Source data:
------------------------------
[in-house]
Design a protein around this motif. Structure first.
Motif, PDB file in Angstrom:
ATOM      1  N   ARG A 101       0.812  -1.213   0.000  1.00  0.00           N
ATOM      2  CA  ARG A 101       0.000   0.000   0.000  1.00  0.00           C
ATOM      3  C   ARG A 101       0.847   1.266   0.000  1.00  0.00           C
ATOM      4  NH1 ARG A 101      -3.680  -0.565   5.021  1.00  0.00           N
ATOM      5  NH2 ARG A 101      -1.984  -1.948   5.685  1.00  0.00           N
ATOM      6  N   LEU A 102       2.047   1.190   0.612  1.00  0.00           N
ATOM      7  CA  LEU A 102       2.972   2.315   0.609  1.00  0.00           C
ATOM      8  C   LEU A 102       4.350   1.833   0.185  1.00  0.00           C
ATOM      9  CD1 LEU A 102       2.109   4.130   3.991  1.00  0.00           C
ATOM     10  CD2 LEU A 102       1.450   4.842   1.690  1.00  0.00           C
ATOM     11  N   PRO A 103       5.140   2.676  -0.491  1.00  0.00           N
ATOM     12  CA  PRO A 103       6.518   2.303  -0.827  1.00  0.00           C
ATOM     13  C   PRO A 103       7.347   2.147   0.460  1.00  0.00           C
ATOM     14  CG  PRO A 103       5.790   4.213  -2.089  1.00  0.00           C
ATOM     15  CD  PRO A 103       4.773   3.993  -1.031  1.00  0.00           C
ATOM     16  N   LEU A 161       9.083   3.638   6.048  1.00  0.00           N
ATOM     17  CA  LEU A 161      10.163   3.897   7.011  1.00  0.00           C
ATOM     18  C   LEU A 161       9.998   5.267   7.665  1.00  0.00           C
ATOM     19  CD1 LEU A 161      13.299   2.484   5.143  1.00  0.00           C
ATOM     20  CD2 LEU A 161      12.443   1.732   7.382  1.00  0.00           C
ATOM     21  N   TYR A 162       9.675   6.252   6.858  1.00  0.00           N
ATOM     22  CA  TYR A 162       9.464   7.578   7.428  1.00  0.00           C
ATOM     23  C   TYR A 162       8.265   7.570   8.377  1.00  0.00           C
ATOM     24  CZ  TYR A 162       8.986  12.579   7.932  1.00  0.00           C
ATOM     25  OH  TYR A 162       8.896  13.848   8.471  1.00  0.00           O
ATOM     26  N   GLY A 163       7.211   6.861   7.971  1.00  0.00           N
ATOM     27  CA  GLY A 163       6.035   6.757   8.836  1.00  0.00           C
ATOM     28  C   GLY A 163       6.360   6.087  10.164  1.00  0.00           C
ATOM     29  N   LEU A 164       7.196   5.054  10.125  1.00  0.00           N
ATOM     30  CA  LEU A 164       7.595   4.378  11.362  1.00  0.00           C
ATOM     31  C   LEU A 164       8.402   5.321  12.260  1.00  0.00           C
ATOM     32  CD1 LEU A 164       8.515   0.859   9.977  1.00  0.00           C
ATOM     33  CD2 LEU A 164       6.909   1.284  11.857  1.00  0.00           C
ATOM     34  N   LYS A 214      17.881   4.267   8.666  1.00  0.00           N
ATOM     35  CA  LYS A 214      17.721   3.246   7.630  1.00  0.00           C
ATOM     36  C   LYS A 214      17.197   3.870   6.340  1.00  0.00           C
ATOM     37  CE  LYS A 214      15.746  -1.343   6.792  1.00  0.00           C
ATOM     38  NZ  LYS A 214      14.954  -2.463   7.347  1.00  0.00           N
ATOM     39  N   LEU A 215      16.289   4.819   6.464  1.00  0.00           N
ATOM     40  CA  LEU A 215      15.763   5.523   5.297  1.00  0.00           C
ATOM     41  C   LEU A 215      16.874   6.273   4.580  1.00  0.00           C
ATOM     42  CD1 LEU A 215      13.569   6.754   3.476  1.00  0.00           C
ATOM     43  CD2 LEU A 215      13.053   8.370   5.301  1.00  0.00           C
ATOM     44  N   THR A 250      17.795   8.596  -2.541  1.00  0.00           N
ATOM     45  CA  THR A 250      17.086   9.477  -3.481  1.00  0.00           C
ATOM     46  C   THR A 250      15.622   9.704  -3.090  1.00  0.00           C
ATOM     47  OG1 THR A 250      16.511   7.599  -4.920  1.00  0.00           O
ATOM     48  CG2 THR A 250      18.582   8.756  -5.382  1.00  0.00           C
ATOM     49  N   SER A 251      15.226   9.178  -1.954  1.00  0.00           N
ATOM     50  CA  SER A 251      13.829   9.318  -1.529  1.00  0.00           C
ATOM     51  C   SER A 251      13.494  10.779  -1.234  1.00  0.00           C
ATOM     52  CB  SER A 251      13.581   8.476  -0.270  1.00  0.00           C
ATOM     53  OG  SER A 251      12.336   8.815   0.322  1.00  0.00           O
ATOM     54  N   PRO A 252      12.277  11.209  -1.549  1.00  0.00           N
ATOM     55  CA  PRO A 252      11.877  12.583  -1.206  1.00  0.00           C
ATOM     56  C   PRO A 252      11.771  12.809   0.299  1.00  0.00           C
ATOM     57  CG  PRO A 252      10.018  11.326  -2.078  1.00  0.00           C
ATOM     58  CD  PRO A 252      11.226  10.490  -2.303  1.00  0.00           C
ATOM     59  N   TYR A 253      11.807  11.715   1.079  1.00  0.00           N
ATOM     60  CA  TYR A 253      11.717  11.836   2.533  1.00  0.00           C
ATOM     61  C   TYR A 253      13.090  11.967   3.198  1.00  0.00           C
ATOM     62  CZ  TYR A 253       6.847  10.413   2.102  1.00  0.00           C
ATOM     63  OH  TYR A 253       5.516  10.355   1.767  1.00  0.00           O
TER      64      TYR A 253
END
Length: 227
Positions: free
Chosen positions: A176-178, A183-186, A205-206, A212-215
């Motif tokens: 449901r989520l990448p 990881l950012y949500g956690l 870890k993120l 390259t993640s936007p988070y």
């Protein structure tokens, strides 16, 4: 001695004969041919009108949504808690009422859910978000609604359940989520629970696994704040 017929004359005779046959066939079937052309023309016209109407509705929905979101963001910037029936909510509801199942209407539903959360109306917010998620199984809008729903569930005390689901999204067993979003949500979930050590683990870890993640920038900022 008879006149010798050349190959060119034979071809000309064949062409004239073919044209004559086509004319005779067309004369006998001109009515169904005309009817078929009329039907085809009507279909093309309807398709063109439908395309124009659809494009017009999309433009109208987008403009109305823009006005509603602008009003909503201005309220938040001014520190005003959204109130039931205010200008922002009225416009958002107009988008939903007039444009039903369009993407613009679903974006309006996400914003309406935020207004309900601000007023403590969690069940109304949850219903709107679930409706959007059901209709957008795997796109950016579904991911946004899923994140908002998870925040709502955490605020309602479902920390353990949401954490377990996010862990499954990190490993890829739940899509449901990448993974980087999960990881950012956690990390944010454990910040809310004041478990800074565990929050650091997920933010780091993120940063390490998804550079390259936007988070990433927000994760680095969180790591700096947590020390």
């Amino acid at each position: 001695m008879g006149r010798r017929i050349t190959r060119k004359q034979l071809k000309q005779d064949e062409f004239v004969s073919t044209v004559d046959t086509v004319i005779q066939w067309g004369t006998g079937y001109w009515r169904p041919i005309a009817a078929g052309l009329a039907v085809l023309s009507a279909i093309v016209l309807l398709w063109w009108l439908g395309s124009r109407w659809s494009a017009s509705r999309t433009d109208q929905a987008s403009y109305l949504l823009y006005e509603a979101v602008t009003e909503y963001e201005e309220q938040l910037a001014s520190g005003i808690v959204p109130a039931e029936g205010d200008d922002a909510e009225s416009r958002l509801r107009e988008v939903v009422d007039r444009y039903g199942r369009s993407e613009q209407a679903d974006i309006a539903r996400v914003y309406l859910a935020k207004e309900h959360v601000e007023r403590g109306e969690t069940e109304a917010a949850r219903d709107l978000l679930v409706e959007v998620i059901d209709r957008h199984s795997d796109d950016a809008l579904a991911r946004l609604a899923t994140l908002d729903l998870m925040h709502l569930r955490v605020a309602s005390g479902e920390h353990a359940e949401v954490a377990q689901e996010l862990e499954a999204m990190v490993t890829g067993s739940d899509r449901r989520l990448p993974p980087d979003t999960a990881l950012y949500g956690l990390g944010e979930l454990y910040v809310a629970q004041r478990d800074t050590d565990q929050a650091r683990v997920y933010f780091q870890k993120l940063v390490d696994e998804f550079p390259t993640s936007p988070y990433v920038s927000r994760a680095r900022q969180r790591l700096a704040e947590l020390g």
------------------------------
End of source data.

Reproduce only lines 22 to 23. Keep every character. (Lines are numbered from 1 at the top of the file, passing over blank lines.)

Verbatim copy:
ATOM     19  CD1 LEU A 161      13.299   2.484   5.143  1.00  0.00           C
ATOM     20  CD2 LEU A 161      12.443   1.732   7.382  1.00  0.00           C